Benedict, in Patterns of Culture, expresses her belief in cultural relativism.

Relativism

relativistrelativerelativistic
Truth relativism is the doctrine that there are no absolute truths, i.e., that truth is always relative to some particular frame of reference, such as a language or a culture (cultural relativism).

Universal Declaration of Human Rights

Universal Declaration on Human RightsUnited Nations Universal Declaration of Human RightsThe Universal Declaration of Human Rights
The transformation of cultural relativism as a heuristic tool into the doctrine of moral relativism occurred in the context of the work of the Commission of Human Rights of the United Nations in preparing the Universal Declaration of Human Rights. Several nations have used cultural relativism as a justification for limiting the rights in the Universal Declaration of Human Rights, despite the World Conference on Human Rights rejecting it as a refugee of human rights violations.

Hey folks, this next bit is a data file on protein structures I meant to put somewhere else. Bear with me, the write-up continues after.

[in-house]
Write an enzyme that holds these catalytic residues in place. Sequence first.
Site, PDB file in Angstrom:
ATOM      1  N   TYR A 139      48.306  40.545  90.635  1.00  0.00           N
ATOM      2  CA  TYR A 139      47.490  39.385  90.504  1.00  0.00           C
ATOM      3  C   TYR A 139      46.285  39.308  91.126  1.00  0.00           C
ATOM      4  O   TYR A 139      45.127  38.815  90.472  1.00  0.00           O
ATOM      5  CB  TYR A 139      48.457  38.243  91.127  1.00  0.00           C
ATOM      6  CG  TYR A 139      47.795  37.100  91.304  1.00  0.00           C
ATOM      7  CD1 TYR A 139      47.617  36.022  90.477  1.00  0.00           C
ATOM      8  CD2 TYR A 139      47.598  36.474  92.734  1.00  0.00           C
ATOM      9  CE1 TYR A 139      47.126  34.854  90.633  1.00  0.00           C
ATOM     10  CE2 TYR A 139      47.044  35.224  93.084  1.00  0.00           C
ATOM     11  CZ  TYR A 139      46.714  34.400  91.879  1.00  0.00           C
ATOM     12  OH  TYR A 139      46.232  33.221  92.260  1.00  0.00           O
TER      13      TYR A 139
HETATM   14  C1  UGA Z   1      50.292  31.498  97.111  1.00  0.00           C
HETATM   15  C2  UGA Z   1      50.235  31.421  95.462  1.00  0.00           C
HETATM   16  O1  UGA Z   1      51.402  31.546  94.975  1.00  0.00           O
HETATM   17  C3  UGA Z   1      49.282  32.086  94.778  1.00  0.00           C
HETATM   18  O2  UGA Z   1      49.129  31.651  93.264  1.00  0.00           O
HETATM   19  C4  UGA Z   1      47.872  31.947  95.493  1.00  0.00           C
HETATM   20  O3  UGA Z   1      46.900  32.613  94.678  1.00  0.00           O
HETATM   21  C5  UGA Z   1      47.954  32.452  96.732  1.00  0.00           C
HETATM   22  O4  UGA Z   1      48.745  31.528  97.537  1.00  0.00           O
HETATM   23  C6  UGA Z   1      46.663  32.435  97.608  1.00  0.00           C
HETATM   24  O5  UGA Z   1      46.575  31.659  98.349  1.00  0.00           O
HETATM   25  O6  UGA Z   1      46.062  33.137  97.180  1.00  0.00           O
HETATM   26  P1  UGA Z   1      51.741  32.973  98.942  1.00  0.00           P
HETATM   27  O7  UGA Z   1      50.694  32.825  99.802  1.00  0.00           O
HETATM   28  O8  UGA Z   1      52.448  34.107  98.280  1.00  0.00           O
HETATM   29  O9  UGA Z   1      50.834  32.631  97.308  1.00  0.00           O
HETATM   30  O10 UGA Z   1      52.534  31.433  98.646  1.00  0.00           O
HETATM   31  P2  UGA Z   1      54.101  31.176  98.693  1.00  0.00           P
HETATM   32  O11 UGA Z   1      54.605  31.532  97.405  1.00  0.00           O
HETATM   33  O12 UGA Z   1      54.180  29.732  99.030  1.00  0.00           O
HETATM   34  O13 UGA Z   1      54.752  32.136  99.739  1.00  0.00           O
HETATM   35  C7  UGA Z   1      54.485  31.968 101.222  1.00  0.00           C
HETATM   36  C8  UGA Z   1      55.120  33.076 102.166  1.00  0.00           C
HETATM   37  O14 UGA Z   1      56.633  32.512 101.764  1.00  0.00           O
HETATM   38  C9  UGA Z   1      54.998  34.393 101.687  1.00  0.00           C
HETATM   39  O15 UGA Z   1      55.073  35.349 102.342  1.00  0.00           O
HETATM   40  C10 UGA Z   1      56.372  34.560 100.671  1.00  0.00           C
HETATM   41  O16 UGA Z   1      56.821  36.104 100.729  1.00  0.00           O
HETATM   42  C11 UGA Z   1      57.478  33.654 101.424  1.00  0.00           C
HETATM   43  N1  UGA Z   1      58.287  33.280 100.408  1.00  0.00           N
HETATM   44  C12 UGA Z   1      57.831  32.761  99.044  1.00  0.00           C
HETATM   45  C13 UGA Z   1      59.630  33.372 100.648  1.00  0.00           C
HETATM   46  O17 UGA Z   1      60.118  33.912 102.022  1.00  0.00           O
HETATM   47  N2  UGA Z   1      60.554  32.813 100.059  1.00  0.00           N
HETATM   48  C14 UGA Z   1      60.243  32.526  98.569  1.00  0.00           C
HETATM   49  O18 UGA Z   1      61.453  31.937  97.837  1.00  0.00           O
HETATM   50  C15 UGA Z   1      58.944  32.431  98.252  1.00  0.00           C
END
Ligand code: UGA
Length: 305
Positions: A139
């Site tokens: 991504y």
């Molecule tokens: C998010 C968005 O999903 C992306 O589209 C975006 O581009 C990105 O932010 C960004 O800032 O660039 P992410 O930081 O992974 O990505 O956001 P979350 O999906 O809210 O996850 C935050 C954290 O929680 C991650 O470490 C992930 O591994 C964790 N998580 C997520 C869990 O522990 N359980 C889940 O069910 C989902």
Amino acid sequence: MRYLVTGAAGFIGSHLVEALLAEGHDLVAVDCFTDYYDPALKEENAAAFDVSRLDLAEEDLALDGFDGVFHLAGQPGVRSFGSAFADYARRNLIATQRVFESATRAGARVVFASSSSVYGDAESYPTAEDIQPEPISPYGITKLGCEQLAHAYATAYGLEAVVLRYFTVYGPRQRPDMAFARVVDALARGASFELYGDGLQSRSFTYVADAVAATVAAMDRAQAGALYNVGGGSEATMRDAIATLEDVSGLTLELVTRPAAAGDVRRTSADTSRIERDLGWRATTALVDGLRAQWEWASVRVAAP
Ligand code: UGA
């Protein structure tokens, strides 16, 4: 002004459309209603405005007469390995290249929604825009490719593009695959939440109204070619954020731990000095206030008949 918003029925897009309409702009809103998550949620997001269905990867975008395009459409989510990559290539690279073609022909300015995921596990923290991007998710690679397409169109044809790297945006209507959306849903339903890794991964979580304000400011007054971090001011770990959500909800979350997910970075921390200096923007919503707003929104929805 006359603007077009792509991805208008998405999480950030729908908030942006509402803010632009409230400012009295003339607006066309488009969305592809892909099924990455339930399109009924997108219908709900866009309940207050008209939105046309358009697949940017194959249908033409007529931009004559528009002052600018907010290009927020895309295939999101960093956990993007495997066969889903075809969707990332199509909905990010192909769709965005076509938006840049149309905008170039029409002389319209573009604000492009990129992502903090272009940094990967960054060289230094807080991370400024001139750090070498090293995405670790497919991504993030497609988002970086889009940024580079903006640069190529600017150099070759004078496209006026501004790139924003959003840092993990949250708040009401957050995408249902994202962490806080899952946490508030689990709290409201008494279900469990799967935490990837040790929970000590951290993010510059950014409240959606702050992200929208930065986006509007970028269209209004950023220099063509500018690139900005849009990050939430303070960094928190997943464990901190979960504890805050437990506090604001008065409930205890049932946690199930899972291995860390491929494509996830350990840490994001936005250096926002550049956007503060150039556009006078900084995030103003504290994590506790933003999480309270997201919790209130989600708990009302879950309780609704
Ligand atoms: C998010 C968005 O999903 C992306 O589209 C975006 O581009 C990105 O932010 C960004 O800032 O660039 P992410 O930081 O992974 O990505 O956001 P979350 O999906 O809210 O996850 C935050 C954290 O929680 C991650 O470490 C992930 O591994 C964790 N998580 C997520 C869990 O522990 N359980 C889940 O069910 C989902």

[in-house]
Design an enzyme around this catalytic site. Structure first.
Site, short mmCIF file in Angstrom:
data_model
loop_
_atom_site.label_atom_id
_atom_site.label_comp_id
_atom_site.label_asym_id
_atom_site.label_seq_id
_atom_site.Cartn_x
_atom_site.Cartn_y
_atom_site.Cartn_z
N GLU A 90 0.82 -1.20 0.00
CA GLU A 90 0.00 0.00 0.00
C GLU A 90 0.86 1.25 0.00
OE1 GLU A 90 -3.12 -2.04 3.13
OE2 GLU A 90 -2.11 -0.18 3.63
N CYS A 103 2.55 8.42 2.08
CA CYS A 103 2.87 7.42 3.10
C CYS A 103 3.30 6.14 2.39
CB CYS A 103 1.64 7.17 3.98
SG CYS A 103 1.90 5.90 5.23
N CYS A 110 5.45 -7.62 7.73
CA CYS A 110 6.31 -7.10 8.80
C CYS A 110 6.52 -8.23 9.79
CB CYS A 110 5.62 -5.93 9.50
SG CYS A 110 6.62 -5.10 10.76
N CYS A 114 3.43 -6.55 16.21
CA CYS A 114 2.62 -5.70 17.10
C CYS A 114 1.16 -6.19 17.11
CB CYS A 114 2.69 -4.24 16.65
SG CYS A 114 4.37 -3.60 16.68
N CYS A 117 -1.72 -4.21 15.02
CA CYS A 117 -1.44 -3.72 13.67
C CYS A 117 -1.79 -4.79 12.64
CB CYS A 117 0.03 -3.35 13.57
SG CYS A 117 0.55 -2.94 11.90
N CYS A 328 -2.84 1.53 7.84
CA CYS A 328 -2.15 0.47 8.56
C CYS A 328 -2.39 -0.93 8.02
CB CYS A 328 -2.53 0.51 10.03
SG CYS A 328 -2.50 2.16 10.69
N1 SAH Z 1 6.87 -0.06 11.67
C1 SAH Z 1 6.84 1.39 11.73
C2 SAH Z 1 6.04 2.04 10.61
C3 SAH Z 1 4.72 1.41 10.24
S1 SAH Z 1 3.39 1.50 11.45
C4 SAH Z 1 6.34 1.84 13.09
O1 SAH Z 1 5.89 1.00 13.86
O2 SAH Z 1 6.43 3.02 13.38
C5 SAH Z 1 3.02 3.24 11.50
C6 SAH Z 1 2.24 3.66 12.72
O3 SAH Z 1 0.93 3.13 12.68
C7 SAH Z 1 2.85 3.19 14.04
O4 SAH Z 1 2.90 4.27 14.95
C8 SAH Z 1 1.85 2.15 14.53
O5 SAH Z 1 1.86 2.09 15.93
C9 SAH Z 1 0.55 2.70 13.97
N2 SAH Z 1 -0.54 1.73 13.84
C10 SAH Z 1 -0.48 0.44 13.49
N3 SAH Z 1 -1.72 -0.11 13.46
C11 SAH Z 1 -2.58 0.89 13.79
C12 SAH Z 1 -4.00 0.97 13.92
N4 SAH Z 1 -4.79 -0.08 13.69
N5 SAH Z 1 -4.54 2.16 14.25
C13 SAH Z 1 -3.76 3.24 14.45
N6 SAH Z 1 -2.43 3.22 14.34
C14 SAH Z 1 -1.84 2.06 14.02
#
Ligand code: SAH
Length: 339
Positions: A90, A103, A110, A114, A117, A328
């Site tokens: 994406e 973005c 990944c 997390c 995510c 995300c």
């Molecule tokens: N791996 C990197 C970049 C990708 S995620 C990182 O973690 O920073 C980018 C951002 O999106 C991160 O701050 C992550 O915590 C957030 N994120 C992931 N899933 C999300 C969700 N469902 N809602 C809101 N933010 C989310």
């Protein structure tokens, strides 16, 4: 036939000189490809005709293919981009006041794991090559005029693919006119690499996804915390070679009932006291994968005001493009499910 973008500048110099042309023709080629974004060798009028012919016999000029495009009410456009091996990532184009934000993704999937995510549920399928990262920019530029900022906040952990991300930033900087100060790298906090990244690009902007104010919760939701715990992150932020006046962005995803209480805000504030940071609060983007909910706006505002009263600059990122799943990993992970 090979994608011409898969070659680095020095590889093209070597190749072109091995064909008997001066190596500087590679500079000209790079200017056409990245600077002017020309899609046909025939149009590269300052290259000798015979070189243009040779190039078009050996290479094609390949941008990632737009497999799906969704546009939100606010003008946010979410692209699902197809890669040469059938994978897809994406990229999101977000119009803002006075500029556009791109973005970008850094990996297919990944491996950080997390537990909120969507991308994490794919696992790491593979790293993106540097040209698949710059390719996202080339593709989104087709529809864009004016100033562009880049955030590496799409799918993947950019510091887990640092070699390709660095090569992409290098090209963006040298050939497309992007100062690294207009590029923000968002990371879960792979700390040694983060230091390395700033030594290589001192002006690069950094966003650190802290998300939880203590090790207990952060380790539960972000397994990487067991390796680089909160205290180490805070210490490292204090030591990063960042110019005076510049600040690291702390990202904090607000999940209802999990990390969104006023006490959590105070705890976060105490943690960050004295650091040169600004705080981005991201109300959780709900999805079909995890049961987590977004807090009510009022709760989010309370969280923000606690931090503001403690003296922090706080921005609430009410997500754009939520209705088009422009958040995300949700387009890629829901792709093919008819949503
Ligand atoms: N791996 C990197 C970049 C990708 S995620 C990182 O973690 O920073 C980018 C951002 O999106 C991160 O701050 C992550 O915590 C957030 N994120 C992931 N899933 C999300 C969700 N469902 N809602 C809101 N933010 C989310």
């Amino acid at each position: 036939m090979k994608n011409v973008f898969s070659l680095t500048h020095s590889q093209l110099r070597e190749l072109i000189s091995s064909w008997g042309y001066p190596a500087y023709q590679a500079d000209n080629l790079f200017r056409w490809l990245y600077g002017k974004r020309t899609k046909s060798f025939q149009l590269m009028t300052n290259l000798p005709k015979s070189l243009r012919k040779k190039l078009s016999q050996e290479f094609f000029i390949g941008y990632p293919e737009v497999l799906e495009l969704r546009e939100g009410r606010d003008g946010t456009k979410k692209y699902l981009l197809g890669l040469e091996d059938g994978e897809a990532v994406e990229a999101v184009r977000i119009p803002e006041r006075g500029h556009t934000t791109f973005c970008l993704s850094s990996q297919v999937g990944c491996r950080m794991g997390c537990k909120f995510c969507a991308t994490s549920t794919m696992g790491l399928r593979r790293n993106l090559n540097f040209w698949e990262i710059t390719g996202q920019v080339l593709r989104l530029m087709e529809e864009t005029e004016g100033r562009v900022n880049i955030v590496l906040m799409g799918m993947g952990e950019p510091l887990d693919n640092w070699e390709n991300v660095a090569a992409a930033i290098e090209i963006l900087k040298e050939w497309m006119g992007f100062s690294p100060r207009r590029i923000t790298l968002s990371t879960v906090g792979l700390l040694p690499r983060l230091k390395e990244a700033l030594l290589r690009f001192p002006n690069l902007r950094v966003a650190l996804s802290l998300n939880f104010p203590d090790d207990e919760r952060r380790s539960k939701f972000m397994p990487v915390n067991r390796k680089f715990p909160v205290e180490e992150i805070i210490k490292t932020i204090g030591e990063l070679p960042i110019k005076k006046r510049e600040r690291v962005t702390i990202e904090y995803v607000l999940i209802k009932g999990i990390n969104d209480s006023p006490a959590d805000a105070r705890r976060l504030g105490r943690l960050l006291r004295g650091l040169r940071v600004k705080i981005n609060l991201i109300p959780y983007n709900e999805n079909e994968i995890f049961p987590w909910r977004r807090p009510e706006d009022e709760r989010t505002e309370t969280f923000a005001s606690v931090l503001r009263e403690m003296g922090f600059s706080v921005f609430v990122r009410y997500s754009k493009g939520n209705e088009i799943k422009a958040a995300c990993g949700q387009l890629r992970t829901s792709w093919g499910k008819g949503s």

They proposed three notes for consideration with underlying themes of cultural relativism: "1. The individual realizes his personality through his culture, hence respect for individual differences entails a respect for cultural differences", "2. Respect for differences between cultures is validated by the scientific fact that no technique of qualitatively evaluating cultures has been discovered", and "3. Standards and values are relative to the culture from which they derive so that any attempt to formulate postulates that grow out of the beliefs or moral codes of one culture must to that extent detract from the applicability of any Declaration of Human Rights to mankind as a whole."

Roger Sandall

Sandall, Roger
Roger Sandall (1933 – 11 August 2012 ) was an essayist and commentator on cultural relativism and is best known as the author of The Culture Cult.

Xenocentrism

Both xenocentrism and ethnocentrism are a subjective take on cultural relativism.